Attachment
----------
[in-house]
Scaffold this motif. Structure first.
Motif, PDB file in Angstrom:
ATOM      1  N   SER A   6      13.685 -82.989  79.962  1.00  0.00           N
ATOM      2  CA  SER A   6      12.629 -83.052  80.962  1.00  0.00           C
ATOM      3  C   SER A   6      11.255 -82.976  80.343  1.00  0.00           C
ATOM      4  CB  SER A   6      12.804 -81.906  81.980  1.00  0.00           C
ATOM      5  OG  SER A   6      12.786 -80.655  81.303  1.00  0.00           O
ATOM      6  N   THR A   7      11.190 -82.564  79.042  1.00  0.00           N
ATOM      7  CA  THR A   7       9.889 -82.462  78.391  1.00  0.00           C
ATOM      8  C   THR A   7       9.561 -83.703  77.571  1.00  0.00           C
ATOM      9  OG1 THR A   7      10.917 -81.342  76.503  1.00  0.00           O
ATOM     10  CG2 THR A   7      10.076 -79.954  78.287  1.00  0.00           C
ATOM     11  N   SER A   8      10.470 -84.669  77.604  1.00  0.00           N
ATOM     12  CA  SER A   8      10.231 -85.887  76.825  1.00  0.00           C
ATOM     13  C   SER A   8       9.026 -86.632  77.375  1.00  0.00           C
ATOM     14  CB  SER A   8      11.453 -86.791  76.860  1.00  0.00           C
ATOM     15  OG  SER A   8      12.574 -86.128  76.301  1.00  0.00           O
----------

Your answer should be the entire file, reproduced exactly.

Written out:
[in-house]
Scaffold this motif. Structure first.
Motif, PDB file in Angstrom:
ATOM      1  N   SER A   6      13.685 -82.989  79.962  1.00  0.00           N
ATOM      2  CA  SER A   6      12.629 -83.052  80.962  1.00  0.00           C
ATOM      3  C   SER A   6      11.255 -82.976  80.343  1.00  0.00           C
ATOM      4  CB  SER A   6      12.804 -81.906  81.980  1.00  0.00           C
ATOM      5  OG  SER A   6      12.786 -80.655  81.303  1.00  0.00           O
ATOM      6  N   THR A   7      11.190 -82.564  79.042  1.00  0.00           N
ATOM      7  CA  THR A   7       9.889 -82.462  78.391  1.00  0.00           C
ATOM      8  C   THR A   7       9.561 -83.703  77.571  1.00  0.00           C
ATOM      9  OG1 THR A   7      10.917 -81.342  76.503  1.00  0.00           O
ATOM     10  CG2 THR A   7      10.076 -79.954  78.287  1.00  0.00           C
ATOM     11  N   SER A   8      10.470 -84.669  77.604  1.00  0.00           N
ATOM     12  CA  SER A   8      10.231 -85.887  76.825  1.00  0.00           C
ATOM     13  C   SER A   8       9.026 -86.632  77.375  1.00  0.00           C
ATOM     14  CB  SER A   8      11.453 -86.791  76.860  1.00  0.00           C
ATOM     15  OG  SER A   8      12.574 -86.128  76.301  1.00  0.00           O